The board is a group of experts with mixed occupations, nationalities and specialisms, who come together to discuss the regulations and policies around social media content. Some decisions they make are straightforward. Content that’s obviously harmful, like anything which promotes the worsening of an eating disorder, will be removed. 

But some content is much harder to moderate. 

What we do with images of, for example, self-harm scars or suicide notes have to be carefully considered. We don’t want to hide content like this, but we also want to make sure we don’t expose people to potentially triggering content, which means some of our decisions are really tough to make.

Dr Ysabel Gerrard

University of Sheffield and Facebook and Instagram Suicide and Self-Injury (SSI) Advisory Board

What about images that contain graphic content, but show someone’s journey to a better state of mental health? For example, people sharing their journey to a healthy body weight while struggling with anorexia could encourage others suffering from the illness to seek help or provide inspiration for people who are on the same path. 

But images of rib cages and other protruding bones can be trigger images for people who struggle with their body image. In May 2019, the Mental Health Foundation found that one in eight adults had considered taking their lives, because of concerns related to body image. 

"The UK’s eating disorder charity Beat explains that people suffering with or recovering from an eating disorder can feel ‘triggered’ by ‘certain words, images or situations’. People’s triggers vary greatly and they aren’t always triggered by obviously harmful content on social media. This is why it’s difficult to make social media a fully ‘safe’ place for people with eating disorders and other mental health conditions," explains Ysabel. 

Ysabel’s contributions to the advisory board are therefore crucial to navigating the nuances each circumstance presents. 

However, it’s not just these types of images which can influence our mental health. Celebrity endorsements also play a key role. Brands work with celebrities and influencers to gain access to their vast numbers of fans and followers. This means posts about new diet teas and appetite-suppressant lollipops can quickly be distributed into millions of impressionable users' feeds at an alarming scale and speed. 

“Diet products that make miracle claims about their ability to help someone lose weight demonstrate unethical advertising standards for a start, but there’s also a risk that such products might be used by people with eating disorders. For example, some miracle diet products have laxative or diuretic qualities and we have a lot of evidence that people with bulimia often abuse laxatives to fuel weight loss,” says Ysabel.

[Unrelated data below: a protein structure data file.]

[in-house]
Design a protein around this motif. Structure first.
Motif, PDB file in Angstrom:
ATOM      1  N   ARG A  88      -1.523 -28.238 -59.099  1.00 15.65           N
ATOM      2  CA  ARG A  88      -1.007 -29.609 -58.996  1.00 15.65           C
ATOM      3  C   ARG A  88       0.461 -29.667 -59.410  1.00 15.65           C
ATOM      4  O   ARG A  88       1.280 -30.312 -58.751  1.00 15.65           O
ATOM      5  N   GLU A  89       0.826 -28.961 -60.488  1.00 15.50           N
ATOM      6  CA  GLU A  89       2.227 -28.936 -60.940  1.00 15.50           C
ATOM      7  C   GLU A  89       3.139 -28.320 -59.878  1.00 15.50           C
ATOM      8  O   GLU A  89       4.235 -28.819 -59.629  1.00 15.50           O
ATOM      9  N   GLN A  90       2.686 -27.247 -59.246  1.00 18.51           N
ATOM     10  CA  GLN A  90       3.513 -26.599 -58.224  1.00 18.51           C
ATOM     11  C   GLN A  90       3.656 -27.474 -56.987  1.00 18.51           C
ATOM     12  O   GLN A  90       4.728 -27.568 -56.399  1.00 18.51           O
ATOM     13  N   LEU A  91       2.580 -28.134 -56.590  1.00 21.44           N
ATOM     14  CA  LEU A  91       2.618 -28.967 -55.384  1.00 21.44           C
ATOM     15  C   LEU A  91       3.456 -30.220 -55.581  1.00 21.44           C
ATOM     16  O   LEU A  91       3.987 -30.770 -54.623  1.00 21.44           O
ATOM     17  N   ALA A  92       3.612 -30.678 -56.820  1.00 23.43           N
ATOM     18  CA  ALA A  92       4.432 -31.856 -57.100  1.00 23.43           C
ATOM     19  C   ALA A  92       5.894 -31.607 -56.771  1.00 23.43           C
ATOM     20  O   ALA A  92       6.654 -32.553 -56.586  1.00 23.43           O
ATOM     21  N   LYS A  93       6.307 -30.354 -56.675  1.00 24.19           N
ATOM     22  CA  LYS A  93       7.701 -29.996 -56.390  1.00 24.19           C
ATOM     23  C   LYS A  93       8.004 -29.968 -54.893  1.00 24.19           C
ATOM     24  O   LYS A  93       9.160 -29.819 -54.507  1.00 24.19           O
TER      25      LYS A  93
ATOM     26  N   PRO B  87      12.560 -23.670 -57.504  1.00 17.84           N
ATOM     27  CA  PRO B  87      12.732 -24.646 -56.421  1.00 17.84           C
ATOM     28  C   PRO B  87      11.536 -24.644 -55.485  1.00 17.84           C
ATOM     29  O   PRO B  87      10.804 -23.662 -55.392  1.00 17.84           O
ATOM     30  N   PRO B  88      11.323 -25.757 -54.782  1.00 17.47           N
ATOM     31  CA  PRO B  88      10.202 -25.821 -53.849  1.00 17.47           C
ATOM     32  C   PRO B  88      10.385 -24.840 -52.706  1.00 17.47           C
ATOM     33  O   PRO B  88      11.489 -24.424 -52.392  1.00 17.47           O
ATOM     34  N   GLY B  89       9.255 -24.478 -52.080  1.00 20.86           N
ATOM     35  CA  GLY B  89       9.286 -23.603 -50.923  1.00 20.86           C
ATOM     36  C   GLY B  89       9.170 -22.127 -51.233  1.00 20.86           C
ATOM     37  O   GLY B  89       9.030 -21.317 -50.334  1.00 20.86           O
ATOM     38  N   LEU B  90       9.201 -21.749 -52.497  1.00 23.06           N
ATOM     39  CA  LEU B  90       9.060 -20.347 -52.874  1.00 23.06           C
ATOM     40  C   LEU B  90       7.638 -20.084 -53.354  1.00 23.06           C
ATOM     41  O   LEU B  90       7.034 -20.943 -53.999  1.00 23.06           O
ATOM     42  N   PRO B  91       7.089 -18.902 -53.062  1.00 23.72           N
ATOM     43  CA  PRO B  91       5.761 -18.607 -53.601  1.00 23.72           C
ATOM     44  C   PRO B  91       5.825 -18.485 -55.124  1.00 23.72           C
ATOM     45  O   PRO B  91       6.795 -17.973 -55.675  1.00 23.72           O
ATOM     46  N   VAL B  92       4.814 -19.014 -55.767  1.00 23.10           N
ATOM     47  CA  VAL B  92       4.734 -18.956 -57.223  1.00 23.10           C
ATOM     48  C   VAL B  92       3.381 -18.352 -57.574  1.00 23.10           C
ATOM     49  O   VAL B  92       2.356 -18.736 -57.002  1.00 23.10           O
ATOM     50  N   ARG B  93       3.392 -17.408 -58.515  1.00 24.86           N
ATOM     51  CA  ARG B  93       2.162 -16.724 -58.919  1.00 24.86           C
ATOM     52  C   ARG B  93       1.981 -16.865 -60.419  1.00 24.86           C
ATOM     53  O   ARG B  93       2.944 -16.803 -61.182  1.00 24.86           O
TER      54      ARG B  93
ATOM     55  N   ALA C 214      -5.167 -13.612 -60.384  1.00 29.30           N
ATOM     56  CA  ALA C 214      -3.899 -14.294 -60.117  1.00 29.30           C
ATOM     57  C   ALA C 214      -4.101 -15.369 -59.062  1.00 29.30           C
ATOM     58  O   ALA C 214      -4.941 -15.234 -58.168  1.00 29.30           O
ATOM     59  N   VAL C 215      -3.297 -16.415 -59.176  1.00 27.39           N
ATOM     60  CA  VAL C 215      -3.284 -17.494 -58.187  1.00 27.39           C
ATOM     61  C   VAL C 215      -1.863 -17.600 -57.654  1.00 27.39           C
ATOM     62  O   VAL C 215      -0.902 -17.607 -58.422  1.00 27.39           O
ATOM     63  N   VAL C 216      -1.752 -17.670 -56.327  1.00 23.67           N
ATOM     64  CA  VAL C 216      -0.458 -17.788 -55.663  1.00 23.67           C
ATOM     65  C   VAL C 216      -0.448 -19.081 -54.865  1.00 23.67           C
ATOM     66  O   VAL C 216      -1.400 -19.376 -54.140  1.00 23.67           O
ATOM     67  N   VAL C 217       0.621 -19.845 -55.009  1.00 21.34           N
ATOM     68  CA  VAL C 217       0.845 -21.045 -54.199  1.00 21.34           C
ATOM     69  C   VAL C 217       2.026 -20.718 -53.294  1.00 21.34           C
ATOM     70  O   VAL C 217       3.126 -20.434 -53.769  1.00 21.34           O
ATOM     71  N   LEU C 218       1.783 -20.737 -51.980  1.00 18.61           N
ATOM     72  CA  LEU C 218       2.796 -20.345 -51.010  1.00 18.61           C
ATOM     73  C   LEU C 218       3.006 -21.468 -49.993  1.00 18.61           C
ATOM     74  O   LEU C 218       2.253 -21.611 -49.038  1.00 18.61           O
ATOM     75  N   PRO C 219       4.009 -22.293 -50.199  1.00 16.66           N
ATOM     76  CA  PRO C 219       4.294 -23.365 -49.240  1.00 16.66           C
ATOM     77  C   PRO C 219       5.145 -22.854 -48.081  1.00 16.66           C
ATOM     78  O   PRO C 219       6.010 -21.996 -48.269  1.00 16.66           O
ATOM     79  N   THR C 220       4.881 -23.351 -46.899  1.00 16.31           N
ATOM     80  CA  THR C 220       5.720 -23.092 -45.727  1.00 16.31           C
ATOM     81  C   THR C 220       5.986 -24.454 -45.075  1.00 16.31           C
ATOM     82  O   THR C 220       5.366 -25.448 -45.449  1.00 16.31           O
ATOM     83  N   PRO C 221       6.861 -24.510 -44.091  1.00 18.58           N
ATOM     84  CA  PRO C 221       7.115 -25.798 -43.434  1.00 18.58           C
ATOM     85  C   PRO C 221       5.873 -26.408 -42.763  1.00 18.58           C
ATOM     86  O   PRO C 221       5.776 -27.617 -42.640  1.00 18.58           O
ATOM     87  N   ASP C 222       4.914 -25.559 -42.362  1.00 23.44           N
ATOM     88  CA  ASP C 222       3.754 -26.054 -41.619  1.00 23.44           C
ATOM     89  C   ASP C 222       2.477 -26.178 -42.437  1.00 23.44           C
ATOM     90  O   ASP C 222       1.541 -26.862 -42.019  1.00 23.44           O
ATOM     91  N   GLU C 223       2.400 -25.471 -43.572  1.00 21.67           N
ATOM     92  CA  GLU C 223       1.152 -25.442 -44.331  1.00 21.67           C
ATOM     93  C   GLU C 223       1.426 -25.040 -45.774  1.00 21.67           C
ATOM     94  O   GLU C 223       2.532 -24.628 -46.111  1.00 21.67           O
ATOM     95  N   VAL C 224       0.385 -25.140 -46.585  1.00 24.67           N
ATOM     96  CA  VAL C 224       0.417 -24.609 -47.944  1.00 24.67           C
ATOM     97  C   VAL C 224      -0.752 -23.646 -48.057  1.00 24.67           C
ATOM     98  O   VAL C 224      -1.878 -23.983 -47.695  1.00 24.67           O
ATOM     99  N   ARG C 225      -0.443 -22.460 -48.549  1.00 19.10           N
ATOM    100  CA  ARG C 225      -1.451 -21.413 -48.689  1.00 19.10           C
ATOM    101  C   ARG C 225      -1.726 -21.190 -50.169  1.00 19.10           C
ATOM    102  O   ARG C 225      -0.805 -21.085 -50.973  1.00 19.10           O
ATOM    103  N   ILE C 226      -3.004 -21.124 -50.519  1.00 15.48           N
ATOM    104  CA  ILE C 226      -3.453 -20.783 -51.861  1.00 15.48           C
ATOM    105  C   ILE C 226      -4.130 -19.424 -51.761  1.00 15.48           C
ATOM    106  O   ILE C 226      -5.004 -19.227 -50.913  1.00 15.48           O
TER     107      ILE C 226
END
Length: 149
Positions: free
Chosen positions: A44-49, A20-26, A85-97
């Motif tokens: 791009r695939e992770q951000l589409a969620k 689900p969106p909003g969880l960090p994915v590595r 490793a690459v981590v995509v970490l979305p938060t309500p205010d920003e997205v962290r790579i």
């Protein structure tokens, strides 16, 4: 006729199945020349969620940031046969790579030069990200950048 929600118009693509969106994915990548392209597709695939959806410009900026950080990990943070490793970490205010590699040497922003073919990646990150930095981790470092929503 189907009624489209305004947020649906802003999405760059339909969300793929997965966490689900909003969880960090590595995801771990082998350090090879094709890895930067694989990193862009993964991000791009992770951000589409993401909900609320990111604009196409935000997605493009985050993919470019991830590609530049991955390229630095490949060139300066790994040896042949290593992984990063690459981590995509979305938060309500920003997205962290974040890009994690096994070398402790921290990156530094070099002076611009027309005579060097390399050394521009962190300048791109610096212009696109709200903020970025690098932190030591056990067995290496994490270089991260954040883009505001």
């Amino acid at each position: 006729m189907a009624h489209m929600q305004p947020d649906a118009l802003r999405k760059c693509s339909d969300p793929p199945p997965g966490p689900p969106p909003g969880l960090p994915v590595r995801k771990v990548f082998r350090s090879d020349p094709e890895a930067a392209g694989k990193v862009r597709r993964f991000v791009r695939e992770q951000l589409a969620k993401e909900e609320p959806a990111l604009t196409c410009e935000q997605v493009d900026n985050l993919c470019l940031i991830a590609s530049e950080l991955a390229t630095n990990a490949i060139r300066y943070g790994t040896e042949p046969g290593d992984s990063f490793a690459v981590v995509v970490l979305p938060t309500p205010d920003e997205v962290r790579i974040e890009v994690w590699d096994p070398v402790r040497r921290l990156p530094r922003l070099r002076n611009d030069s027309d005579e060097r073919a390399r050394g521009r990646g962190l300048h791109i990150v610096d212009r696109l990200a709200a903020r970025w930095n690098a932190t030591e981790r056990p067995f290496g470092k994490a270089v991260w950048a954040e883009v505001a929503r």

Instagram post from Kylie Jenner promoting diet tea

But Facebook and subsequently Instagram have made a change after seeking guidance from external experts like Ysabel.

“The advisory board and I spoke at length about this content. We discussed not only the link between weight loss products and eating disorders, but bigger cultural issues around Instagram and body image. After consulting with me and with various charities and healthcare organisations, Instagram decided to roll out it’s new policy,” says Ysabel. 

As of the 18 September 2019, Instagram began enforcing its new policy focussing on the abundance of weight-loss products and attached miracle cures. The new rules prevent users under 18-years from viewing the weight-loss items and an outright ban on any content that makes a ‘miraculous claim’. 

The challenge of protecting users from harmful content isn’t easy. The sheer volume of content posted on a daily basis makes this hard enough. But it requires a deeper understanding of mental health and how different types of content can cause harm. The guidance and knowledge of experts like Ysabel is crucial to helping platforms implement the best possible approaches to content moderation and ultimately to safeguard us from content that can cause us harm.

If you or someone you care about has been affected by this article or any of the issues in it, you can find a list of mental health hotlines here.  

By Alicia Shephard, Research Marketing and Content Coordinator

Further information


The University of Sheffield, Dr Ysabel Gerrard

Research publications

Beyond the hashtag: Circumventing content moderation on social media


How pro-eating disorder posts evade filters on social media

When algorithms think you want to die

TikTok has a pro-anorexia problem